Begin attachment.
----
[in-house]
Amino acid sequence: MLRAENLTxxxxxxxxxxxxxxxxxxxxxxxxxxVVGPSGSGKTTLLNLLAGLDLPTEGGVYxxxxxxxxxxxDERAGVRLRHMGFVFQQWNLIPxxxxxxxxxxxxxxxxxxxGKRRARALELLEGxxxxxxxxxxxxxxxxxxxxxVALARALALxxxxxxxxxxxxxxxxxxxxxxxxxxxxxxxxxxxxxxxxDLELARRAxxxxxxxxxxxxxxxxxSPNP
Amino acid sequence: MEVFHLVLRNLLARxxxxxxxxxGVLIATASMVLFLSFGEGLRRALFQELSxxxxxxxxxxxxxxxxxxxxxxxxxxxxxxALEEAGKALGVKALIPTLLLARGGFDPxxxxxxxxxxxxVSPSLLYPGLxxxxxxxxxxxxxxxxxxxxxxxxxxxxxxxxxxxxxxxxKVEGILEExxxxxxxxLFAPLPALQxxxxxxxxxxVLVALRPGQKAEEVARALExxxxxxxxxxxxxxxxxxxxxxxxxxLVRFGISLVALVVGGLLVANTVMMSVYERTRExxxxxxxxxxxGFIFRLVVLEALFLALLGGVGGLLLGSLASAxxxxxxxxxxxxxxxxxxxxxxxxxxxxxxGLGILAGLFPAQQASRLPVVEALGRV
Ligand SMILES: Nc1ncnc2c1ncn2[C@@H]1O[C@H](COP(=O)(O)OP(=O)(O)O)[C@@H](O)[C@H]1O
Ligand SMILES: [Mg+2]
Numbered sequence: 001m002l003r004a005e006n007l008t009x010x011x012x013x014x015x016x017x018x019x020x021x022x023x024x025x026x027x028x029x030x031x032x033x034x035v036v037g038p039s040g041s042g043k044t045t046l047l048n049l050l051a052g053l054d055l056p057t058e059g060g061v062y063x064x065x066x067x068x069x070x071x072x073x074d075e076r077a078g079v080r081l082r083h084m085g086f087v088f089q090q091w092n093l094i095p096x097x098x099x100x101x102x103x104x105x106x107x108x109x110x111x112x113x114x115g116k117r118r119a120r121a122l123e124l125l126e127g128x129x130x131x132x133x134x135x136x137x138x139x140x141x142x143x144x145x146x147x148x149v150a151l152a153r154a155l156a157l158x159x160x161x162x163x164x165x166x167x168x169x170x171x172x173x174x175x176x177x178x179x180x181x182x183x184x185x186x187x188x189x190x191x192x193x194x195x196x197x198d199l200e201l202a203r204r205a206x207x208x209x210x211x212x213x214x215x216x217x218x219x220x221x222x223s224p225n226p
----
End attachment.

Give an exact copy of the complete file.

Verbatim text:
[in-house]
Amino acid sequence: MLRAENLTxxxxxxxxxxxxxxxxxxxxxxxxxxVVGPSGSGKTTLLNLLAGLDLPTEGGVYxxxxxxxxxxxDERAGVRLRHMGFVFQQWNLIPxxxxxxxxxxxxxxxxxxxGKRRARALELLEGxxxxxxxxxxxxxxxxxxxxxVALARALALxxxxxxxxxxxxxxxxxxxxxxxxxxxxxxxxxxxxxxxxDLELARRAxxxxxxxxxxxxxxxxxSPNP
Amino acid sequence: MEVFHLVLRNLLARxxxxxxxxxGVLIATASMVLFLSFGEGLRRALFQELSxxxxxxxxxxxxxxxxxxxxxxxxxxxxxxALEEAGKALGVKALIPTLLLARGGFDPxxxxxxxxxxxxVSPSLLYPGLxxxxxxxxxxxxxxxxxxxxxxxxxxxxxxxxxxxxxxxxKVEGILEExxxxxxxxLFAPLPALQxxxxxxxxxxVLVALRPGQKAEEVARALExxxxxxxxxxxxxxxxxxxxxxxxxxLVRFGISLVALVVGGLLVANTVMMSVYERTRExxxxxxxxxxxGFIFRLVVLEALFLALLGGVGGLLLGSLASAxxxxxxxxxxxxxxxxxxxxxxxxxxxxxxGLGILAGLFPAQQASRLPVVEALGRV
Ligand SMILES: Nc1ncnc2c1ncn2[C@@H]1O[C@H](COP(=O)(O)OP(=O)(O)O)[C@@H](O)[C@H]1O
Ligand SMILES: [Mg+2]
Numbered sequence: 001m002l003r004a005e006n007l008t009x010x011x012x013x014x015x016x017x018x019x020x021x022x023x024x025x026x027x028x029x030x031x032x033x034x035v036v037g038p039s040g041s042g043k044t045t046l047l048n049l050l051a052g053l054d055l056p057t058e059g060g061v062y063x064x065x066x067x068x069x070x071x072x073x074d075e076r077a078g079v080r081l082r083h084m085g086f087v088f089q090q091w092n093l094i095p096x097x098x099x100x101x102x103x104x105x106x107x108x109x110x111x112x113x114x115g116k117r118r119a120r121a122l123e124l125l126e127g128x129x130x131x132x133x134x135x136x137x138x139x140x141x142x143x144x145x146x147x148x149v150a151l152a153r154a155l156a157l158x159x160x161x162x163x164x165x166x167x168x169x170x171x172x173x174x175x176x177x178x179x180x181x182x183x184x185x186x187x188x189x190x191x192x193x194x195x196x197x198d199l200e201l202a203r204r205a206x207x208x209x210x211x212x213x214x215x216x217x218x219x220x221x222x223s224p225n226p